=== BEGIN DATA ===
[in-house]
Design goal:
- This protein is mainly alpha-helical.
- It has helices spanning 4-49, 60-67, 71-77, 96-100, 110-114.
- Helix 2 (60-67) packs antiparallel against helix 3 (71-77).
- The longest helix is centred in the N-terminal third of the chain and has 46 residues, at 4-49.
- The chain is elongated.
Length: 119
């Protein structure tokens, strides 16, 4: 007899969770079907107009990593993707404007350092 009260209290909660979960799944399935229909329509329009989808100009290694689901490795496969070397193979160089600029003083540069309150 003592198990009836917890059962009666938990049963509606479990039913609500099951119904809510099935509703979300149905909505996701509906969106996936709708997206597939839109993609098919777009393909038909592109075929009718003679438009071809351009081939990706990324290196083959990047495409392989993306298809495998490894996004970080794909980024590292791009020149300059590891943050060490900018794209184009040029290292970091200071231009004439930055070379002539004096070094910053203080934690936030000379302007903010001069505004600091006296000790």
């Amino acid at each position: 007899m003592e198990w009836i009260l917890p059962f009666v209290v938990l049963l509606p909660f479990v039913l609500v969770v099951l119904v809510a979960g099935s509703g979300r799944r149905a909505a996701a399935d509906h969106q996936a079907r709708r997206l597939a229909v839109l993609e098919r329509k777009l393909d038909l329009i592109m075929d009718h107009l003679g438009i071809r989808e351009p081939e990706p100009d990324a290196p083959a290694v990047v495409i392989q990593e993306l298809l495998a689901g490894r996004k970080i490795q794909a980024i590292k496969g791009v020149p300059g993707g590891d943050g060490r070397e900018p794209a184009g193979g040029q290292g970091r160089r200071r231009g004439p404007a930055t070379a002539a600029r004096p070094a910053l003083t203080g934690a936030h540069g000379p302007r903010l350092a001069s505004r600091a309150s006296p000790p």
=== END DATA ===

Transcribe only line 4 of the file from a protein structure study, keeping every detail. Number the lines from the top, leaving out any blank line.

- It has helices spanning 4-49, 60-67, 71-77, 96-100, 110-114.